This may seem a bit unkind as Sting was probably serious at the time – although if you read his autobiography you will see he shows no real understanding of Brazil. Compare his hectoring approach with the hands-on attitude of Led Zeppelin’s Jimmy Page who is married to a Brazilian and set up an orphanage in Rio de Janeiro.


Even that decidedly non-Green rock star, Mick Jagger, has done more in practical terms for the Brazilian economy, thanks to the hefty alimony payments he makes to the mother of one of his children who lives in São Paulo.


If Mr. Hari knew Brazilians a bit better then he would know that they would be insulted by any attempt to set up a fund to preserve what they regard as an integral part of their territory. The idea of gringos giving them money with lots of conditions attached in a bid to save the Amazon would be anathema.


You only have to see how much a respectable organization like the International Monetary Fund is hated by a large section of society even though the IMF came to the rescue of the government of Fernando Henrique Cardoso three times.


The Catholic Church aside, Brazilians do not take to foreign (and even domestic) NGOs which they suspect as having hidden agendas or being front operations for corrupt politicians and public employees.


Brazilians of all political colors are also extremely defensive about the Amazon. The fuss caused by the posting on the Internet some years ago of what was purported to be a textbook for US schoolchildren showing the Amazon region under the control of the United States and the United Nations highlighted this. Although this was an obvious hoax many people believed it was true and there is still a widespread belief that the Americans are intent on grabbing the Amazon region some day.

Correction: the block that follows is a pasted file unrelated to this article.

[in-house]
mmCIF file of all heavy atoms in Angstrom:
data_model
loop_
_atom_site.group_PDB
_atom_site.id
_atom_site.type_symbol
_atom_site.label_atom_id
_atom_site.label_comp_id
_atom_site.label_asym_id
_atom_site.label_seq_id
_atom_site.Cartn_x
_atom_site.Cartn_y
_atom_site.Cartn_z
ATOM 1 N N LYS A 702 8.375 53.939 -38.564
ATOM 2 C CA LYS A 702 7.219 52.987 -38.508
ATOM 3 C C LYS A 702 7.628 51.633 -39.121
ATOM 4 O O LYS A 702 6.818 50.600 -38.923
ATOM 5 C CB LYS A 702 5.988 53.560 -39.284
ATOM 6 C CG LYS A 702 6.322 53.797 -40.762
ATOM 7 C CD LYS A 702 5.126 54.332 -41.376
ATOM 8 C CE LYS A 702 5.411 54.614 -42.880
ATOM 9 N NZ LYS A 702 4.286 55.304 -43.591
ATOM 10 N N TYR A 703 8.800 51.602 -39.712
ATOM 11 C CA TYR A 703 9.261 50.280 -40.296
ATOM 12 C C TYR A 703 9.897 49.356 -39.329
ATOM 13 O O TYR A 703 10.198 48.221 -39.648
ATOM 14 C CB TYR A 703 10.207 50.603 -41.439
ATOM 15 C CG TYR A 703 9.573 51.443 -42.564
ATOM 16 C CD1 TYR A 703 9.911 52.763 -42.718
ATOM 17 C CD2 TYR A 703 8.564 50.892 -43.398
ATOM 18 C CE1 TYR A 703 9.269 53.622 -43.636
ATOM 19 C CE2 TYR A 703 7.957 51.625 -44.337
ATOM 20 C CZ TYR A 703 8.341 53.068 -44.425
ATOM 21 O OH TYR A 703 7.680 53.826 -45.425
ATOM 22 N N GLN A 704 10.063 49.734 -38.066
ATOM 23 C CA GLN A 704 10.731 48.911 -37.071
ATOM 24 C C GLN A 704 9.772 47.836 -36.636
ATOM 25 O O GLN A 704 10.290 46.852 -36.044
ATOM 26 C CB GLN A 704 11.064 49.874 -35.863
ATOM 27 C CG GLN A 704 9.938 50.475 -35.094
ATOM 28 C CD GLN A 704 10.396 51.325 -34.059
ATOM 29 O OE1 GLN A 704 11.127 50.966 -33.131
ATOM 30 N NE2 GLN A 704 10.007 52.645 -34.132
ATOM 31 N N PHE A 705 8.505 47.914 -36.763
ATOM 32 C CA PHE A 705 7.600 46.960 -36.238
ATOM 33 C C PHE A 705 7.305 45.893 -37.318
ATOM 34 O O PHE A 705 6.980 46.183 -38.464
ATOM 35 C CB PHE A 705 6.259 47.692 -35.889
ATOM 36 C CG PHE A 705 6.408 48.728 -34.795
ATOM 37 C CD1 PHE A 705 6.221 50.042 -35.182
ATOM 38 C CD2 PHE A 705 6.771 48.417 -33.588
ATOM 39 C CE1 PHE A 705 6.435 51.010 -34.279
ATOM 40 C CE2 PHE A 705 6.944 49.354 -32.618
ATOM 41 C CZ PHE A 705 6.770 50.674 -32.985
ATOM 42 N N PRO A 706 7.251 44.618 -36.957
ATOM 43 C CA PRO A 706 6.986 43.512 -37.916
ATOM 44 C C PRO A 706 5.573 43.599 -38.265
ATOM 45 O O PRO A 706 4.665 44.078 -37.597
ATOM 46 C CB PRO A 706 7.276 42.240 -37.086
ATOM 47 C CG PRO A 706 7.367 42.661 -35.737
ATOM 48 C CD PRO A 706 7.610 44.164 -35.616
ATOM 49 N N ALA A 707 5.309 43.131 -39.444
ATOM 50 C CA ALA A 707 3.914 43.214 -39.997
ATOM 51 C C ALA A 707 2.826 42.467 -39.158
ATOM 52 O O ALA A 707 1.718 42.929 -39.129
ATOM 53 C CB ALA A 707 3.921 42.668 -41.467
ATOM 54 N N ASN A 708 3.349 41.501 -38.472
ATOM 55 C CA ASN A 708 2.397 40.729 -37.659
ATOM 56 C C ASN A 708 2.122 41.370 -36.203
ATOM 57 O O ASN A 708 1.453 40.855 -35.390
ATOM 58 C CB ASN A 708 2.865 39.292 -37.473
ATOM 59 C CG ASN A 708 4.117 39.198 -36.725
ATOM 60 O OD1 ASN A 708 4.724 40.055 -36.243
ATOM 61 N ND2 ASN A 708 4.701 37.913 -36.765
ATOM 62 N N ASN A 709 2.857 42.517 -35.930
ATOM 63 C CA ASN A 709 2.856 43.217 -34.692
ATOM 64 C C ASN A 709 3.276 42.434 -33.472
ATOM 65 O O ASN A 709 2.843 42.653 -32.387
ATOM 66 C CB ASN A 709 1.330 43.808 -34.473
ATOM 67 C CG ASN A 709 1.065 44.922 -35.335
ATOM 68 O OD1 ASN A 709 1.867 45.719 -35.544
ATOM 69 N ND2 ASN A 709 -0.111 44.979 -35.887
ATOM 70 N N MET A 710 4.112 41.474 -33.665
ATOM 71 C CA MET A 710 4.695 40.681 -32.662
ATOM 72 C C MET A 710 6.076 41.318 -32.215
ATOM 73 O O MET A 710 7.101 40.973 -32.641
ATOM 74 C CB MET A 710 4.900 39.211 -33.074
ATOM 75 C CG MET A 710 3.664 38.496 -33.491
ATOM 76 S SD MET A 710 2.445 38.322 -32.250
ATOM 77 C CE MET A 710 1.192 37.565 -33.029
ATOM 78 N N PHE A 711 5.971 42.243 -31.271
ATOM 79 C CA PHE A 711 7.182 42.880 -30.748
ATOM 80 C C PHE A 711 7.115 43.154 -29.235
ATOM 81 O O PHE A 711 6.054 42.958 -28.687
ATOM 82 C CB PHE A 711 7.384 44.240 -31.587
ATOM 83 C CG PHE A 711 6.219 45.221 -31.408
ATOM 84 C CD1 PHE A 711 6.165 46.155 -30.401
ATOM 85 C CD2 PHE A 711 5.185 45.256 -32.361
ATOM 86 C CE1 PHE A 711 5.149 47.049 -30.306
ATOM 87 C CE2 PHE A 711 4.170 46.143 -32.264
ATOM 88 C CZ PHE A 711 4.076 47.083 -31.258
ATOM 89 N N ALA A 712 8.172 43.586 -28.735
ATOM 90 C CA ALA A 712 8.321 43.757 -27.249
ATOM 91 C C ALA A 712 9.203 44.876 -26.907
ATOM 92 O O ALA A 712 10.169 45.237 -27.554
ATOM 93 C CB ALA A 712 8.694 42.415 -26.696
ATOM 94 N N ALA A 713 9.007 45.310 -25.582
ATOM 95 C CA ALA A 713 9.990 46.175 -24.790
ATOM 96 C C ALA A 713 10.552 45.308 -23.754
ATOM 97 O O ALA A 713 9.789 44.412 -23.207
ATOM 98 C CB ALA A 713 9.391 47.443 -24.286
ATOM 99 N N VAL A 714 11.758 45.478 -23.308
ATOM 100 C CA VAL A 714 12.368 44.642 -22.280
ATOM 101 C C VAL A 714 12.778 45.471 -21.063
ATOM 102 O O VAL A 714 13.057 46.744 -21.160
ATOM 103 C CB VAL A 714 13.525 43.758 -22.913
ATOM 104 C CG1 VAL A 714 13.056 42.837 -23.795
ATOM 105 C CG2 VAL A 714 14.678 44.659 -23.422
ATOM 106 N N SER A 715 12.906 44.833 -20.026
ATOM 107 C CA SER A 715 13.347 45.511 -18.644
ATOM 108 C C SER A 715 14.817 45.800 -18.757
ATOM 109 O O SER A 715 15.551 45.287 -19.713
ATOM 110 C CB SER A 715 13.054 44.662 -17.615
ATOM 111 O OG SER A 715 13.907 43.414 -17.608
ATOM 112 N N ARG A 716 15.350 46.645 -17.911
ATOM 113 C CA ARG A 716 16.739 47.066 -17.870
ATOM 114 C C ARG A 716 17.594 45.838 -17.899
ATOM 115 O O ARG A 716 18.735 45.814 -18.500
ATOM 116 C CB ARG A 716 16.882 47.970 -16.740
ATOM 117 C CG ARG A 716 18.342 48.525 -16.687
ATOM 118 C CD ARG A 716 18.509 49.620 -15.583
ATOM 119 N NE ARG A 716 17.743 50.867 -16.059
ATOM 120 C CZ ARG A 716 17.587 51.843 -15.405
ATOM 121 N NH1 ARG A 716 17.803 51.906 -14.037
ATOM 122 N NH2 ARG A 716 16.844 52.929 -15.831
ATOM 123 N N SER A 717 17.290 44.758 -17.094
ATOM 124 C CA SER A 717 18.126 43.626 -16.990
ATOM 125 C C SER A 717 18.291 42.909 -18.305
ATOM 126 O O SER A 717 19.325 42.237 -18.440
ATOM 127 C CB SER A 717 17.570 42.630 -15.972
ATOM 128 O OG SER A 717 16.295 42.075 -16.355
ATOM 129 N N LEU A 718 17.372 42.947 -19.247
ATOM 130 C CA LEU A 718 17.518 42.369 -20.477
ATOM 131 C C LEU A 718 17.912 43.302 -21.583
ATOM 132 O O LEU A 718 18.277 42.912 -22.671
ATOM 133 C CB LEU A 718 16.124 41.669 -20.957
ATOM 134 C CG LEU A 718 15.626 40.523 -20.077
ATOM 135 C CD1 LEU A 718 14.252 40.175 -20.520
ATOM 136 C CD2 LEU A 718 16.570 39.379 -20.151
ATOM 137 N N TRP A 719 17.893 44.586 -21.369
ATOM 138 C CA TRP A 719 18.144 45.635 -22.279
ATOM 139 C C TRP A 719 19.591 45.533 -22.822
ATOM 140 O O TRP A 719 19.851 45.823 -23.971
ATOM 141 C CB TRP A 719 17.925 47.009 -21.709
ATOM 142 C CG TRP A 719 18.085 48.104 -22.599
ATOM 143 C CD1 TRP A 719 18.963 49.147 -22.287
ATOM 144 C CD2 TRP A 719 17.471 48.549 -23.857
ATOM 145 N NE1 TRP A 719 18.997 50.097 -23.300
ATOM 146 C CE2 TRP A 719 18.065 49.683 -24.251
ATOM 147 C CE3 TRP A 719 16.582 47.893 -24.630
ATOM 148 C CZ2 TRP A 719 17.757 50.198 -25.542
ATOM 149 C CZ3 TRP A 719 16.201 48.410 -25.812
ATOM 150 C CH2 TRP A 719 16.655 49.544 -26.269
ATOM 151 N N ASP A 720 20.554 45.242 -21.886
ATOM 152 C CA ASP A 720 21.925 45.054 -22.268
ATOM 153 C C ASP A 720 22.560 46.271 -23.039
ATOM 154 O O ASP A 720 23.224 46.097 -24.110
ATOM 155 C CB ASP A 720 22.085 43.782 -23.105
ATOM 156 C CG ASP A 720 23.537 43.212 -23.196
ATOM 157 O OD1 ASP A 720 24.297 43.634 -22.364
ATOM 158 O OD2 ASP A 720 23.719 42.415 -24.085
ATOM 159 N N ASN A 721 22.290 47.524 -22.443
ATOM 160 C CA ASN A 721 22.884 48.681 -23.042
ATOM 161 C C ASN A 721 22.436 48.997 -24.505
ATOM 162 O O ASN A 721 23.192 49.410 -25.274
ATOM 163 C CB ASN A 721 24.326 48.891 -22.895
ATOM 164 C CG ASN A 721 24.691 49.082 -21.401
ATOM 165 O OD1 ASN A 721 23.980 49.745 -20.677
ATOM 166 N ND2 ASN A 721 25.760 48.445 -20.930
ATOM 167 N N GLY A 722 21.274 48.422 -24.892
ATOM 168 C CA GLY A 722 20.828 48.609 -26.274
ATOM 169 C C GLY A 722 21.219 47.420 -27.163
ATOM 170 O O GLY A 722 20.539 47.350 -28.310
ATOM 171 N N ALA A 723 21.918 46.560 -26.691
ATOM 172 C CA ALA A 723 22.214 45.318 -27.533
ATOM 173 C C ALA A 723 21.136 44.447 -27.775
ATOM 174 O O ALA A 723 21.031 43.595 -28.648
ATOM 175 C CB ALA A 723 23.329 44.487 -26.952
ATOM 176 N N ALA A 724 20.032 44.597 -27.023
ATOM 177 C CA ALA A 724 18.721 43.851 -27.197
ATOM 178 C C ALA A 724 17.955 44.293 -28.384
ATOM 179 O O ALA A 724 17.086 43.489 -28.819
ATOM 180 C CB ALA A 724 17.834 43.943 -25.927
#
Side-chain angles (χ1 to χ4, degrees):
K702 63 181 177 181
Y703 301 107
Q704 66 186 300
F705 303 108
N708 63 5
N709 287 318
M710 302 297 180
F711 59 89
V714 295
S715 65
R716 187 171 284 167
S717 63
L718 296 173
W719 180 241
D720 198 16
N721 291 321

One of the reasons for this hostility is Brazil’s unwillingness to be compared with Third World countries which rely on hand-outs from international aid organizations and NGOs. Brazilians see their country as a powerhouse, blessed with more natural resources than probably any other place on earth, not some banana republic or African basket case that needs a push from rich foreigners to get it moving. The constant (if not somewhat obsessive) desire for Brazil to have a permanent seat on the UN Security Council shows this is where Brazilians see their rightful position in the world.          


Even, if by some amazing twist, this fund was set up no Brazilian would have any faith in it. Nor would it halt the destruction of the rainforest. Why? Because it would be seen as just another opportunity for Brazil’s corrupt politicians to get their hands on the money and siphon it off.


The do-gooding nations which had subscribed to the fund would see their money disappear into air along with the smoke from the latest tract of the Amazon forest to be torched.


John Fitzpatrick is a Scottish writer and consultant with long experience of Brazil. He is based in São Paulo and runs his own company Celtic Comunicações. This article originally appeared on his site www.brazilpoliticalcomment.com.br. He can be contacted at jf@celt.com.br.


© John Fitzpatrick 2008